The earthquake lasted about 90 seconds. It seemed less. I nearly vomited ( they don’t tell you that in the adverts). The motion sickness stayed with me for two days. We held on as we surfed with the waves and then when it momentarily calmed, we grabbed some clothes and shoes and went to grab the Doodles ( who were fine throughout) ,got into the car and drove away from any potential house or tree collapse. Thankfully that was only a short distance down the drive as we are pretty much on open land.
Aftershocks followed and the car happily bounced around oblivious to the severity of the cause. The sky was white and no birds sang. It was eerie . Almost other worldly.
Elsewhere others were not so lucky.
I used my phone to get radio, as well as get instant texts out to family and friends across the world who would be hearing about the incident very quickly and we could therefore head off their concerns for us and also ensure our communications did not get tied up when we may need it most. The main news source was from callers to the radio graveyard shift and they knew no more than we did. We checked on neighbours and friends.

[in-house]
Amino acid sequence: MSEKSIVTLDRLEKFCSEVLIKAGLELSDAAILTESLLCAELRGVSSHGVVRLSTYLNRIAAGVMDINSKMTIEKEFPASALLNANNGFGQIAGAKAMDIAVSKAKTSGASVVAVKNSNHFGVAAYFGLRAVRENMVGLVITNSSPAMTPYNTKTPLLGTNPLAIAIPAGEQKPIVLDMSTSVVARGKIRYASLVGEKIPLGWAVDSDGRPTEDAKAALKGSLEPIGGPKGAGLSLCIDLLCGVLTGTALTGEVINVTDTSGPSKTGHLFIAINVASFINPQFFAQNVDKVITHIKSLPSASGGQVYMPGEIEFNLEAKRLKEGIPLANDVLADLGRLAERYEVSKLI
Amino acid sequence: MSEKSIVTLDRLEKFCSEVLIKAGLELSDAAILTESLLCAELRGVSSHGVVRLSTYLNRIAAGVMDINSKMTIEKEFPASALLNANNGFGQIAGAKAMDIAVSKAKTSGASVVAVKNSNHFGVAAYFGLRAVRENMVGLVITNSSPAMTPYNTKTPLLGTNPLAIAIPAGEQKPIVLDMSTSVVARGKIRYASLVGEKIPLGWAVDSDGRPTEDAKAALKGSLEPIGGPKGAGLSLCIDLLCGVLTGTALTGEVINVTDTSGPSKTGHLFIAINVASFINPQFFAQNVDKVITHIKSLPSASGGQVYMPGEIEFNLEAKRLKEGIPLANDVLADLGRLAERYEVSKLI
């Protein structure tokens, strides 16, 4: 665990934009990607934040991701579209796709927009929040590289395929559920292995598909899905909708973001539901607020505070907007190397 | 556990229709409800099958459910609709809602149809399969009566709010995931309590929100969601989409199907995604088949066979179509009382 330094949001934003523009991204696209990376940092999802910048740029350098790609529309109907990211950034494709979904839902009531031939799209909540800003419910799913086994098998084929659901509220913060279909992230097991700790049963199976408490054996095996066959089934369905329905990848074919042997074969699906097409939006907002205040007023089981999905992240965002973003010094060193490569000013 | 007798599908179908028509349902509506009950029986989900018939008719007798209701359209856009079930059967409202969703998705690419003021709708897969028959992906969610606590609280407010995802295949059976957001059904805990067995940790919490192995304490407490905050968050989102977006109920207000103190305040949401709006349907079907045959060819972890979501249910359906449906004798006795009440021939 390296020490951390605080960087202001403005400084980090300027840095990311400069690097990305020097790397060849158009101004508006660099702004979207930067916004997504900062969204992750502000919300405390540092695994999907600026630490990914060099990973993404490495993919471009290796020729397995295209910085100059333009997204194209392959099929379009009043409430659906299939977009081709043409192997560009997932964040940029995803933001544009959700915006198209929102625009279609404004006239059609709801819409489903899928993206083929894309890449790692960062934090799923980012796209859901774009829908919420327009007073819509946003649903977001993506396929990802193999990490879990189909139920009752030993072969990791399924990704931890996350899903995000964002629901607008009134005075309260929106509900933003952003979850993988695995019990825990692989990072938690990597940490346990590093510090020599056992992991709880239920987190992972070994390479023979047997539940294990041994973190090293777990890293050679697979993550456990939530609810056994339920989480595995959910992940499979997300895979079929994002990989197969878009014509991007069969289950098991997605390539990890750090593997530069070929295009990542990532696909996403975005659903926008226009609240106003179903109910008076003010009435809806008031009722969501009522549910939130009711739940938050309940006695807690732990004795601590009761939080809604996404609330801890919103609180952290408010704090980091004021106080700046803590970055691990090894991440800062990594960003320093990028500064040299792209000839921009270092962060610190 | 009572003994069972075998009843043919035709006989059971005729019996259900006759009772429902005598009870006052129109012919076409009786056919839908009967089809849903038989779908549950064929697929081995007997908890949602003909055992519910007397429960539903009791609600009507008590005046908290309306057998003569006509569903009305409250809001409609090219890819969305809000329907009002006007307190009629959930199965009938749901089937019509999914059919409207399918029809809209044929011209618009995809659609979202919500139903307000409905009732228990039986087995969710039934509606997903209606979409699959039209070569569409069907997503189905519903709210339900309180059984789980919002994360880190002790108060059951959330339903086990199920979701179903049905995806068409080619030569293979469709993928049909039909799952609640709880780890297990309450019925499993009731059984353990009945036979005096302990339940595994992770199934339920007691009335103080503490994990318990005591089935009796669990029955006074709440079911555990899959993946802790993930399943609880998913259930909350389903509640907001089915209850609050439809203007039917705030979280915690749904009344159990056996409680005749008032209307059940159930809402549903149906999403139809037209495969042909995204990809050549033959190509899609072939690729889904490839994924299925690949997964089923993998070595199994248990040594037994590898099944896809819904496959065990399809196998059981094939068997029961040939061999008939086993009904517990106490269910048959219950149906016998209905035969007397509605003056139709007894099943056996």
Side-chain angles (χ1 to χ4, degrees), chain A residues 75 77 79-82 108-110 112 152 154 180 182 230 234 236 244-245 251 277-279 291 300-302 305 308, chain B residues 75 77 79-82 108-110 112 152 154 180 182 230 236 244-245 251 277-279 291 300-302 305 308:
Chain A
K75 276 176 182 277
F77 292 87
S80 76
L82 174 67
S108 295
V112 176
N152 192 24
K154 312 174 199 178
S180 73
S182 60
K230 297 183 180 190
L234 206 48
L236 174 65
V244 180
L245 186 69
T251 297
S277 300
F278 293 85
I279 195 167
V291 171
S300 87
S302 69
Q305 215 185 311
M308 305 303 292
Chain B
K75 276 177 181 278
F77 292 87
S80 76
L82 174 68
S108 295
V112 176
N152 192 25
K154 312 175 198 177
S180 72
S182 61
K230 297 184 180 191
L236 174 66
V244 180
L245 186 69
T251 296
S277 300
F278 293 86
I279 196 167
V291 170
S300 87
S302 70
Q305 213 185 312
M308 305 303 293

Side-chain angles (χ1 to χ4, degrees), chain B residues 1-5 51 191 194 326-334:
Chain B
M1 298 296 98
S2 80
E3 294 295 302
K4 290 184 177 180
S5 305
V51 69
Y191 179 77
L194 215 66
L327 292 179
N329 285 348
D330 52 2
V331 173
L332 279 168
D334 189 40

What we did know was that something of that power had to have done some significant damage. And it did. Our neighbouring town of Kaikoura – 130 kilometres from us- was suffering .
The following days were weird. News of damage to property came through quickly once the media was able to get amongst the action. Fatalities were small but it only takes one to change many lives forever.
But the mass weirdness was something that was felt by many and no one quite knew how to describe it or even to admit to it. It was something I had never felt before.
It was a clumsiness. A sadness. A blackness.
It was headaches, nausea and fear.
It was internal torment of being practical and realistic about what may or may not happen in future, coupled with irrational fear at every minor tremor that followed.
There have been over 4000 aftershocks in 7 days.
It calmed and disappeared in the days ahead and the experience became part of the learning and reflection of what to do if there is a next time.
We have been told to expect another major shake in the next 30 days. Some people will not be lucky. But most of us will again be fine with minimal damage.
Life is back to normal for most of us. Local businesses are desperate to demonstrate that, and it is our responsibility to help them continue trading. People are being kinder and the support for our neighbours who are suffering reinforces faith in the human spirit.